Let’s talk about the top five service management solutions that telcos plan to adopt in 2023:
- Scheduling optimization and automation (53%)
- Artificial intelligence and machine learning (49%)
- Simulations (47%)
- Wearables (38%)
- Parts management (38%)
Emily: “How do you think these most-wanted solutions are helping CSPs overcome their biggest challenges and embrace new market trends? With over half of our survey respondents listing scheduling automation as the top-ranked solution, is this directly correlated with the skilled labor shortage?”
Markus: “I would say all three top ones are connected to workforce challenges. They’re all an efficiency and preparation play. This falls into the issue of skills and profit margins. The number of staff that you have today need to be optimized in every way. They are cutting hundreds of jobs at some of these large CSPs. They must maximize the efficiency of the staff that’s left.”
Emily: “Is there anything on this list that surprises you?”
Markus: “If we look at them, we see two blocks of results that rank very closely: the top three and then the rest. When we at IFS look at the products we’re selling to large telcos and CSPs, it’s in line with that because many of our deals are Planning and Scheduling Optimization, which is a combination of the first two elements because it is infused with AI and machine learning. It also offers WISE, what if scenario explorer, a business simulator tool.”
Lastly, let’s look to the future. The top three future focus points revealed in our survey were:
- Sustainability (40%)
- Updating legacy service management systems (38%)
- Leveraging emerging technology (34%)
Emily: “Focusing on the first initiative, sustainability. How is IFS supporting this trend?”
Markus: “Sustainability for me is like UX. You can either select to have it as a function on the side, so when everything Is done, they do a sustainability review, or you have it integrated in your way of working, which is harder, but the only way to get it going. All companies talk about it, but I don’t believe everybody is honest about it. I agree it should be high up, this is not only about telco, but the survival of this planet. Telcos must pull their part of this. I’m happy it is #1.”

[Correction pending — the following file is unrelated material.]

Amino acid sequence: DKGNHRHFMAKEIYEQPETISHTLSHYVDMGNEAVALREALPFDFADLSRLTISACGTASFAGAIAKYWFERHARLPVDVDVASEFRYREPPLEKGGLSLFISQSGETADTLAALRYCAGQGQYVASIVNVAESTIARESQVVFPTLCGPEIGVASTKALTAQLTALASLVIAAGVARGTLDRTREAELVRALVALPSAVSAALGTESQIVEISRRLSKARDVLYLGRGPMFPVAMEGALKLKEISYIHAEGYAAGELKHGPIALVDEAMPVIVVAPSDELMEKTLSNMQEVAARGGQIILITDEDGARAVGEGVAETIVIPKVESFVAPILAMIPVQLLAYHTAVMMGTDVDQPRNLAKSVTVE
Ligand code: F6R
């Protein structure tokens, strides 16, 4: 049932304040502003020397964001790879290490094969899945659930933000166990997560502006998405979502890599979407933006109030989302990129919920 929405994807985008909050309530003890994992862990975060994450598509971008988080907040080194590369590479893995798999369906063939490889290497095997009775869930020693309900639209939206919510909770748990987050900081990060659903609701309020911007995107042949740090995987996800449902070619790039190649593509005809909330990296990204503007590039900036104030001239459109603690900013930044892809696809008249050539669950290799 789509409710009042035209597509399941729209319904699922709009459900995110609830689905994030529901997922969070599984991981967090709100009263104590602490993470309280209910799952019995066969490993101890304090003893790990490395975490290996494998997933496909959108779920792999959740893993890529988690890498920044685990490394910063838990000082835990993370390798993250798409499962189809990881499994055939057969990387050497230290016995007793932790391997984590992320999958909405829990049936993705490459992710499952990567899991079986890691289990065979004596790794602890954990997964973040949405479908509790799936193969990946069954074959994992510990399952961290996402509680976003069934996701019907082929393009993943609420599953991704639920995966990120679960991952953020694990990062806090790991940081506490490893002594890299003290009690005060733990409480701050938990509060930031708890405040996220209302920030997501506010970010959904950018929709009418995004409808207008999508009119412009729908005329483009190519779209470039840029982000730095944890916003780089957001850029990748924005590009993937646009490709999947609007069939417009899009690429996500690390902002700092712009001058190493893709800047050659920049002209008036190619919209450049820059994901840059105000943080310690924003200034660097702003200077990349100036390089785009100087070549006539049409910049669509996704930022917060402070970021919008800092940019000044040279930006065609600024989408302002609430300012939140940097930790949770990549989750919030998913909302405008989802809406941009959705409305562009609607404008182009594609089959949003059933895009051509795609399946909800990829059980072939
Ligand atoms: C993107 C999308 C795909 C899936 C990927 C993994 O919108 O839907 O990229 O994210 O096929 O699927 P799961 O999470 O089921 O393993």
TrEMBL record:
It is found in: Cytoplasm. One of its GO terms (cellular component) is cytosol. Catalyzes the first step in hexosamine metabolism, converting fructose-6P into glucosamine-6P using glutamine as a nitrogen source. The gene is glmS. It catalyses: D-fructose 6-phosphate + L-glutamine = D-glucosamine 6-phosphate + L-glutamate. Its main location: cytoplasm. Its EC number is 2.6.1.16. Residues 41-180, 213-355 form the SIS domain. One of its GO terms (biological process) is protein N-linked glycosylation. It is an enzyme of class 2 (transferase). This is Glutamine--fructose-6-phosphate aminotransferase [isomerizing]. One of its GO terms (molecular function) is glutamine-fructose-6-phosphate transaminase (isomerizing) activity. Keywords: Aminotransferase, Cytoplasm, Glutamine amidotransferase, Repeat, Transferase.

Emily: “Next, when telcos are talking about updating legacy service management systems, are they picking the best-of-breed products to replace an incumbent or homegrown solution?”
Markus: “Yes, when you sell the updated systems, you sell into higher management. They want to have efficient processes. They want to have better KPIs, modern systems, etc. If you’re not strong as a vendor, you will end up with 1,000 adaptations and destroy every architectural principle you had. Trying to convince the C-level that they should change out their system, this is a safe career move, IFS is financially sound. We have your back, we’re not going to disappear.
When you’re implementing it to people who are working with these systems every day, you must be smart and introduce this to them in stages. You must ask what their pain points with current systems are, show them how this system is better in those aspects. This will make it easier for them to accept change.”
Emily: “How are telcos adopting emerging technologies, like AI and IOT?”
Markus: “Technology doesn’t solve anything by itself. It gives you a different tool to solve your current issues, but that tool doesn’t work if you don’t prepare your environment for it. Everybody wants to put things in the cloud, you want to have the advantages and better hardware.
Leveraging emerging technologies is not just about installing them and having them there. It’s a huge change in mindset, processes, and procedures. Everybody says they want leverage emerging technologies, but a few know it will rock the boat. This is why it takes longer than anticipated to adopt new solutions. Technology is not the problem, it’s everything else, how you deal with change management, how you work with it, how you create it, how you associate it to people, how you apply your staff on it. That’s what takes times.”
Emily: “The media has been focusing on the potential dangers of AI. As a society, do we need to shift our thinking towards more practical uses for emerging technology?”
Markus: “Leveraging emerging technologies is becoming more real. There are positives and negatives. I think that’s probably the biggest lesson to learn here. Find a vendor like IFS who can do that analysis and testing for you. It means you can get the best of what emerging tech has to offer without having to buy it and try to implement it yourself. We infuse our solutions like PSO with AI and machine learning, and our R&D teams do the exhaustive testing and working with pioneer customers to find the best use cases for it in each of our focus industries.”
Learn more telecom industry trends and predictions by checking out the IFS State of Service in Telecommunications 2023 report and infographic.